NAAMES-II Expedition: June 3, 2016

June 4th, 2016 by Kristina Mojica

One more day to go!!

NAAMES 2016 field campaign is almost reaching its end. We are going to reach WHOI on Sunday (Jun 5, 2016). A very relaxing summer atmosphere is prevalent on board R/V Atlantis. Having toiled day and night for nearly 3 weeks, scientists are enjoying their well-deserved break on our transit back. Galley transforms into a social club where most of the scientists hang out after dinner, while, few enjoy the evening with their guitars and well almost every one gather on deck to witness some of the beautiful sunsets. Unfortunately, due to heavy mist and fog like conditions we could not see the sun going down the horizon today.

Scientists relaxing on their way back to WHOI.

Scientists relaxing on their way back to WHOI.

For me, this day began with photo shoot. All the scientists and crewmembers gathered on the bow to mark the ending of the field campaign with a group picture.

Group picture comprising of scientists and crew.  Photo: Christian Laber

Group picture comprising of scientists and crew. Photo: Christian Laber

While most of the researchers are busy packing their instruments and wrapping up things, our instruments are still running and collecting data on marine aerosols. Marine aerosols affect the Earth’s radiation balance triggering a variety of global climate effects. Physicochemical properties of these aerosols is quintessential for the quantification of climate effects, solar radiation transfer and cloud processes. Changes in ecosystems due to warmer climates could alter the marine aerosol burden in the atmosphere, which in turn affects the global climate. The main focus of our group is to understand the impact of the biological cycles of phytoplankton on marine aerosol particle composition and in turn their impact on climate. The information from this study may be used to improve climate model predictions of current and future climate changes. To achieve this goal, we measure physicochemical properties of ambient marine aerosols in real-time throughout the cruise using a suite of real time instruments.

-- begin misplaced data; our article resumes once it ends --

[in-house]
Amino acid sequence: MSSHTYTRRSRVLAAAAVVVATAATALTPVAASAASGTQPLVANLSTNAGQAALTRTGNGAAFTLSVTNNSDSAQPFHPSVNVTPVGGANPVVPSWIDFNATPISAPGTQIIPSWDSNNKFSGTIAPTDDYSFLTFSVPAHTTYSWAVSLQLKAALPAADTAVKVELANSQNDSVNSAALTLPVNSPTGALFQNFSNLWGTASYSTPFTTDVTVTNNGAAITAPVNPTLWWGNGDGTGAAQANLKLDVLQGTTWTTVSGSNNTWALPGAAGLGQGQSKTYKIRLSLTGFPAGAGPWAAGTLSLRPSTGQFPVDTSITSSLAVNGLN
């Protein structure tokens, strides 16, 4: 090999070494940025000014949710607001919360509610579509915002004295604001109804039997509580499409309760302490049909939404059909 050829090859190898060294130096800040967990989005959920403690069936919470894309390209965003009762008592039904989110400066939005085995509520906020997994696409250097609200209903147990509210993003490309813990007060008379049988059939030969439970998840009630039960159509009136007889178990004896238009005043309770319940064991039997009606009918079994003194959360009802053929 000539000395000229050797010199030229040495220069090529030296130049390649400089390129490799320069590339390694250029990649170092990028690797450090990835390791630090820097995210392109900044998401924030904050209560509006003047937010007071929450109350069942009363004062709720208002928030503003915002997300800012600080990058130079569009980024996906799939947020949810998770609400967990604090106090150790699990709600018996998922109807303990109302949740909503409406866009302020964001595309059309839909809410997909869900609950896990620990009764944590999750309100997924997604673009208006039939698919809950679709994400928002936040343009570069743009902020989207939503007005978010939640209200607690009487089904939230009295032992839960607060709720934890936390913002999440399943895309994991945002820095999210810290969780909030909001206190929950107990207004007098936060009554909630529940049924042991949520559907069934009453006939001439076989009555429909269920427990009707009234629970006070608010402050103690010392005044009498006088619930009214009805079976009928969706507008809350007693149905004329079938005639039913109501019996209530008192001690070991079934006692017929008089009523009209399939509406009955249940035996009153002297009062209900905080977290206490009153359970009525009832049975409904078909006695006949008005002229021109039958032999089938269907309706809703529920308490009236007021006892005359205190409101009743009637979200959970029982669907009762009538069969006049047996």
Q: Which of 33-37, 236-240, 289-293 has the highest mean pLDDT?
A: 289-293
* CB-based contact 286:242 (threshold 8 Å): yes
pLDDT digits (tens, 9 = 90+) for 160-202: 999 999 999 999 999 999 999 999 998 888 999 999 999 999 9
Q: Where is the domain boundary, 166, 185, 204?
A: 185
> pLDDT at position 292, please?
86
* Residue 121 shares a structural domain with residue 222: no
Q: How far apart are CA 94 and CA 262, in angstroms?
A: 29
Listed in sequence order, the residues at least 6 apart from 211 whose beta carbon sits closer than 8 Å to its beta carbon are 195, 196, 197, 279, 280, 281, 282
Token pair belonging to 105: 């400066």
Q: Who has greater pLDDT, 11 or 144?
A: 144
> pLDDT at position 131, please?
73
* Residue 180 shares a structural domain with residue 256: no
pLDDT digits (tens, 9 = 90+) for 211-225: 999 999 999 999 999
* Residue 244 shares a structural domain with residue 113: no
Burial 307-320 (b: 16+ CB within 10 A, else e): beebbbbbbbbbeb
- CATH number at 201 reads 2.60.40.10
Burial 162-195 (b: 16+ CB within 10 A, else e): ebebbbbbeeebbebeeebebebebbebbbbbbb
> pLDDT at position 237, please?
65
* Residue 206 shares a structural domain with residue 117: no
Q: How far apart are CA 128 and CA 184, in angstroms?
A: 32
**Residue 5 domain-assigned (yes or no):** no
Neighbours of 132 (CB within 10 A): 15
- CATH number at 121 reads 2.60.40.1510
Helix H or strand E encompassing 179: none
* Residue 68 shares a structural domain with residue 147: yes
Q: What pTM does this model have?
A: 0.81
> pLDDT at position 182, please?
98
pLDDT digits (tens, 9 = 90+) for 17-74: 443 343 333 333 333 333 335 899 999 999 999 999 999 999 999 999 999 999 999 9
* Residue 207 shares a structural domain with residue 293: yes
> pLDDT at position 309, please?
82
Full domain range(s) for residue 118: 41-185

Our group consists of four researchers taking care of variety of instruments. Our daily routine includes loading filters to collect marine aerosol particles, changing desiccants, data acquisition, and data consolidation and processing. In addition, we take turns to monitor our instruments. Although, our routine is simple enough on a sunny day (when all our instruments behave properly), it gets quite exciting and stressful when the instruments misbehave (which is what we often encounter). Some of our instruments are highly sensitive and needs extreme special care and we had our own little adventures with these instruments. I can safely say that against all odds, our team (Derek Price, Chia-Li Chen, Maryam A. Lamjiri) managed to successfully complete the campaign and are looking forward to return and analyze the data in detail.

Written by Raghu Betha

Comments are closed.

Notes from the Field